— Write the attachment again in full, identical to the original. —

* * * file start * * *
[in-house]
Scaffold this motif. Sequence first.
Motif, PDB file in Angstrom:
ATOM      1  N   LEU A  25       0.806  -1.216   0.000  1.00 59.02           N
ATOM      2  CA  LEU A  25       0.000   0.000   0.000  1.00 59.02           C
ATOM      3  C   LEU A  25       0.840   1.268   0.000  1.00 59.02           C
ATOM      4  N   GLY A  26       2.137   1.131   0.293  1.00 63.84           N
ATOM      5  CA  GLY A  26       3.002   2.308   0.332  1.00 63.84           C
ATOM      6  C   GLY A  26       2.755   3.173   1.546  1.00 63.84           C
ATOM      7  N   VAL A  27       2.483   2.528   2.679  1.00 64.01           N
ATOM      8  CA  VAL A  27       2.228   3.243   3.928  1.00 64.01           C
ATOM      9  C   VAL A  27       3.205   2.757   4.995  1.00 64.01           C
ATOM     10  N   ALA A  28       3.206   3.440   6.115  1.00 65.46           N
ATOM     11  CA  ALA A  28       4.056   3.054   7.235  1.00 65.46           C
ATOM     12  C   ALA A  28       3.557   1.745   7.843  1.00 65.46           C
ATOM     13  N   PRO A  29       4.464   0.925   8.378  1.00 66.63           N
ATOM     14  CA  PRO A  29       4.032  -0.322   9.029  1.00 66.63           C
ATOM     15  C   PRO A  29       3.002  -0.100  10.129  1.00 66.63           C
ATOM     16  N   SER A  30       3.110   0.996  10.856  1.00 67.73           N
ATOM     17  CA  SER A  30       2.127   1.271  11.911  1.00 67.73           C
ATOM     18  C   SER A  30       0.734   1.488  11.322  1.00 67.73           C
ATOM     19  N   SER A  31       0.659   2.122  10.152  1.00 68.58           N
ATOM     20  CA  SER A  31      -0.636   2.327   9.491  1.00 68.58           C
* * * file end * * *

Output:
[in-house]
Scaffold this motif. Sequence first.
Motif, PDB file in Angstrom:
ATOM      1  N   LEU A  25       0.806  -1.216   0.000  1.00 59.02           N
ATOM      2  CA  LEU A  25       0.000   0.000   0.000  1.00 59.02           C
ATOM      3  C   LEU A  25       0.840   1.268   0.000  1.00 59.02           C
ATOM      4  N   GLY A  26       2.137   1.131   0.293  1.00 63.84           N
ATOM      5  CA  GLY A  26       3.002   2.308   0.332  1.00 63.84           C
ATOM      6  C   GLY A  26       2.755   3.173   1.546  1.00 63.84           C
ATOM      7  N   VAL A  27       2.483   2.528   2.679  1.00 64.01           N
ATOM      8  CA  VAL A  27       2.228   3.243   3.928  1.00 64.01           C
ATOM      9  C   VAL A  27       3.205   2.757   4.995  1.00 64.01           C
ATOM     10  N   ALA A  28       3.206   3.440   6.115  1.00 65.46           N
ATOM     11  CA  ALA A  28       4.056   3.054   7.235  1.00 65.46           C
ATOM     12  C   ALA A  28       3.557   1.745   7.843  1.00 65.46           C
ATOM     13  N   PRO A  29       4.464   0.925   8.378  1.00 66.63           N
ATOM     14  CA  PRO A  29       4.032  -0.322   9.029  1.00 66.63           C
ATOM     15  C   PRO A  29       3.002  -0.100  10.129  1.00 66.63           C
ATOM     16  N   SER A  30       3.110   0.996  10.856  1.00 67.73           N
ATOM     17  CA  SER A  30       2.127   1.271  11.911  1.00 67.73           C
ATOM     18  C   SER A  30       0.734   1.488  11.322  1.00 67.73           C
ATOM     19  N   SER A  31       0.659   2.122  10.152  1.00 68.58           N
ATOM     20  CA  SER A  31      -0.636   2.327   9.491  1.00 68.58           C